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Golden Gate marks 50 years in Mill Valley

MILL VALLEY, Calif. (BP)–Golden Gate Baptist Theological Seminary’s Northern California Campus in Mill Valley celebrated 50 years on Strawberry Point with homecoming festivities attended by 120 alumni and their families.

Highlights included opening a time capsule from 1959; a reception at the president’s home; a tour of the previous campus in Berkeley; a founders’ dinner; and this year’s spring commencement during which the seminary’s “Golden Graduates” were honored. Twenty-eight of those who graduated from the Berkeley campus from 1949-59 donned golden robes and walked with the class of 2009.

Golden Gate Seminary opened the doors to its Northern California Campus in 1959 after six years of planning and construction. The 148 acres of former dairy land called Strawberry Point became home to the first Southern Baptist seminary in the West, and today the fully accredited five-campus system has become the 10th largest seminary in the United States and the second largest in the West.

“This place declares the glory of God to all the nations,” Jeff Iorg, the seminary’s president, said as he stood with the opened time capsule. “Is there another explanation for the seminary’s success other than God’s power and glory?”

Iorg marveled at the well-preserved items which had been contained in a small copper box nestled in the administration building’s cornerstone for 50 years.

Among the items were the seminary bylaws, the Baptist Faith and Message, minutes from the annual meeting of the Southern Baptist Convention in 1950 when messengers added Golden Gate as a Southern Baptist seminary, copies of the alumni magazine “The Gateway,” photos of three seminary presidents, and the 1959 versions of the academic catalog of classes, the student-faculty directory and the faculty group photo.

John Carl Warnecke, 92, the notable architect who designed the Strawberry Point campus, attended the time capsule ceremony. Warnecke also designed the John F. Kennedy Memorial at Arlington Cemetery, the Hart Senate Office Building in Washington and the capitol building in Hawaii. He attended the ceremony with his daughter Margo, who also is a California-based architect.

The following morning, the Golden Graduates and others from the seminary heard from Fermin Whittaker, executive director of the California Southern Baptist Convention and a 1992 Golden Gate graduate, and William Crews, Golden Gate’s sixth president. Joe Morris, a 1949 graduate, gave a testimony about being a student during the early days at Golden Gate.

“Joe Morris and countless other students like him inspire and bless us,” Iorg said. “They also humble us.”

Iorg noted that the seminary’s founders made significant sacrifices to establish an institution despite few resources.

“The people who founded our school were visionaries, but the students who came to Golden Gate in the early days also took a great risk. They came to a school that was more promise than proven fact,” Iorg said. “Yet because of their willingness to be early adopters, our school has grown to be a leading international provider of theological education and ministerial training.”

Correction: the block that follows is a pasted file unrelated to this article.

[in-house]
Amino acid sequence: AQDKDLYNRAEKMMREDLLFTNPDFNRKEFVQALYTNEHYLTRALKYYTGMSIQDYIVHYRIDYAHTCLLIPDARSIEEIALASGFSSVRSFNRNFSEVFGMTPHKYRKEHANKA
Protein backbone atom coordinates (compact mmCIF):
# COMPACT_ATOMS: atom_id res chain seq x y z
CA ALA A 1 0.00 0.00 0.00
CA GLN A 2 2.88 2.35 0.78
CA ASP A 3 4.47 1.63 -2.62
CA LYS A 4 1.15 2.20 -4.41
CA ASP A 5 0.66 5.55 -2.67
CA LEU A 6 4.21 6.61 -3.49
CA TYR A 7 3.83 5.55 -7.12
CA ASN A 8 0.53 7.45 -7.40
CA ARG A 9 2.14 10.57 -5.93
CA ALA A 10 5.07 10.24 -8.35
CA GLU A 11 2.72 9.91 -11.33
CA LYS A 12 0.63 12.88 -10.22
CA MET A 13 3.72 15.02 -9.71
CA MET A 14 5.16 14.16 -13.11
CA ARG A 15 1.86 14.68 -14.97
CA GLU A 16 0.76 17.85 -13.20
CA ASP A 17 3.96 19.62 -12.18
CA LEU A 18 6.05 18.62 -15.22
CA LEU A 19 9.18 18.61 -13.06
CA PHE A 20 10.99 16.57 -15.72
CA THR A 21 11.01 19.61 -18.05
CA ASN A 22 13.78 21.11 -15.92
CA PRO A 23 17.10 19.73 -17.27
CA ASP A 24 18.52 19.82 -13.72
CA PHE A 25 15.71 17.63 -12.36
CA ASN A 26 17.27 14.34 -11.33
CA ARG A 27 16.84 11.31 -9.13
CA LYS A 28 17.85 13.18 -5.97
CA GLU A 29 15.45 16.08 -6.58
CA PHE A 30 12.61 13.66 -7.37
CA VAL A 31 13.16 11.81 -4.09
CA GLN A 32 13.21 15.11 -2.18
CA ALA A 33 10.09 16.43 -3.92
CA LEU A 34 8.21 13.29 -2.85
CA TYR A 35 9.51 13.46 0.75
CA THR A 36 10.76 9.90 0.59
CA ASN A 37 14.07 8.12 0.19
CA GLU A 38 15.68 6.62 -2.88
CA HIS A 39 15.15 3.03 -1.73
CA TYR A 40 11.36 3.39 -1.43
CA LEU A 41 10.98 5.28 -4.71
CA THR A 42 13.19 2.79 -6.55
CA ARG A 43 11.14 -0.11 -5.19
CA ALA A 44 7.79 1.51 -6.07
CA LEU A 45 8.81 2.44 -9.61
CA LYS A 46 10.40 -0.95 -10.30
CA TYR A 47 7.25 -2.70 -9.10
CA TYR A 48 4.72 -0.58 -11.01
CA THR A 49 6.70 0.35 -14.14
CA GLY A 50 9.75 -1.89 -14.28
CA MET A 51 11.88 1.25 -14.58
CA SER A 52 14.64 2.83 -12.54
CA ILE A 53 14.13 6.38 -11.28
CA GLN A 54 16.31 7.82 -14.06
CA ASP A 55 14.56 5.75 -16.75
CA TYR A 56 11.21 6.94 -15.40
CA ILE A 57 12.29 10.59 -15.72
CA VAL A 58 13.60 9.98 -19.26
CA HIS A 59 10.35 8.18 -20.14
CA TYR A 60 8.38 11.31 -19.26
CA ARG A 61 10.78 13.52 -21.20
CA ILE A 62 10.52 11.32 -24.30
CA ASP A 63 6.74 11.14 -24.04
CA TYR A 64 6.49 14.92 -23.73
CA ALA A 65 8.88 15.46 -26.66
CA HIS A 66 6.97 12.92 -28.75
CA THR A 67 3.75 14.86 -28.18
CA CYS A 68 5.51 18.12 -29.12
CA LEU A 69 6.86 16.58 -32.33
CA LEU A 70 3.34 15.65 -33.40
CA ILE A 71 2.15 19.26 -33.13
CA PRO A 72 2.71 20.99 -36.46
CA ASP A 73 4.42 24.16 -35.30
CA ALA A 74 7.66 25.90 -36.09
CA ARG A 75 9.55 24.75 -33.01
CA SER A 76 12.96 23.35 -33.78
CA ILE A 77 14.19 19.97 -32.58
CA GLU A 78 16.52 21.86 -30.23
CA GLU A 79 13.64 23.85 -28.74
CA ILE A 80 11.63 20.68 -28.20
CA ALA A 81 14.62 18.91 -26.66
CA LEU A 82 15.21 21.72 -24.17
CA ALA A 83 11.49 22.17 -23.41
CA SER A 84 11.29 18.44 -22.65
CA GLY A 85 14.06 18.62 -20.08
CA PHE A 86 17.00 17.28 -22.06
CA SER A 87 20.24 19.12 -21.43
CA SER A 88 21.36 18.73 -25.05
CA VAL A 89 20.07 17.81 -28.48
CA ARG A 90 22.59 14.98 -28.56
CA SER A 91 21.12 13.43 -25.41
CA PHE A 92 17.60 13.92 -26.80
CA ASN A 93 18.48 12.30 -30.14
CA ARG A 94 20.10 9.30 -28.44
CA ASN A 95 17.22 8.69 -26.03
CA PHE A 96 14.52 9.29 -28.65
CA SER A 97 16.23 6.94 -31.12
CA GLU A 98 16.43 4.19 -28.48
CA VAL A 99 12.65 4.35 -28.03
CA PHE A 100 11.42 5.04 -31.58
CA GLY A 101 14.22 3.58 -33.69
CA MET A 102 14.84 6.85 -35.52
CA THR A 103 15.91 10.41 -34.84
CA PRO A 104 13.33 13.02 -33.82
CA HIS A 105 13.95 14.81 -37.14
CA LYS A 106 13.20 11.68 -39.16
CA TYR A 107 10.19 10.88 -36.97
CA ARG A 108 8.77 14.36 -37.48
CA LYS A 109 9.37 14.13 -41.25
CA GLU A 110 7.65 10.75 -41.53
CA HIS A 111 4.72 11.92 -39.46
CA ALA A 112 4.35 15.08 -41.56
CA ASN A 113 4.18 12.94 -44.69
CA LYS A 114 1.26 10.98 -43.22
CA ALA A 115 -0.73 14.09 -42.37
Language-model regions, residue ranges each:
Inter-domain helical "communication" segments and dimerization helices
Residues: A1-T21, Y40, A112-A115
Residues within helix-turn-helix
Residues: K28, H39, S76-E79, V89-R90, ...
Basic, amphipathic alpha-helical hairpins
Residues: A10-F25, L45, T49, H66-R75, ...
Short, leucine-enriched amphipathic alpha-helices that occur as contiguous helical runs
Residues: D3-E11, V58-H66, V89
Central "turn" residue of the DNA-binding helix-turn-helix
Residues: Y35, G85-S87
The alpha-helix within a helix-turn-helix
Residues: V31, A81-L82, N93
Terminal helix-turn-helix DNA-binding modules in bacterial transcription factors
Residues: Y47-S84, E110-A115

Also during the celebration, current items paralleling the original items were placed in the time capsule along with those from 1959.

“We celebrate this morning our past and our future, and 50 years from now I believe there will still be a Golden Gate Baptist Theological Seminary,” Iorg said.

The Golden Graduates and their relatives, who came from across the country, boarded buses to revisit the Berkeley campus building and surrounding neighborhood. Originally christened by the King of Norway, the building later housed a Baptist church before being purchased by the seminary in 1947.

Back on campus, after an international-themed lunch, alumni enjoyed a reunion time in the library, reviewing yearbooks and photos and examining a multi-decade display of photos and other memorabilia.

That evening as the Golden Graduates, wearing their gold graduation gowns and medallions, entered the staging area where the 2009 graduates were lining up, spontaneous applause broke out.

“It was a warm moment as these patriarchs of our past were honored by the current graduates, faculty and staff,” said Tom Jones, vice president of institutional advancement. “We all recognized the historic significance of having these men and women in our midst.”

When the Golden Graduates joined the processional into the auditorium, the audience gave a standing ovation.

“I salute you tonight for being the models that you are,” Iorg told them. “You not only started well, but you finished well.”

The seminary was founded in Oakland in 1944 and moved to Berkeley in 1947. Land was purchased in Mill Valley, ground was broken in 1955 and its classes as a Southern Baptist seminary began in September 1959.

Since the seminary’s first class graduated in 1949, Golden Gate has trained and sent out more than 7,000 graduates to serve in churches, mission fields and ministries around the world.
Phyllis Evans is director of communications at Golden Gate Baptist Theological Seminary.

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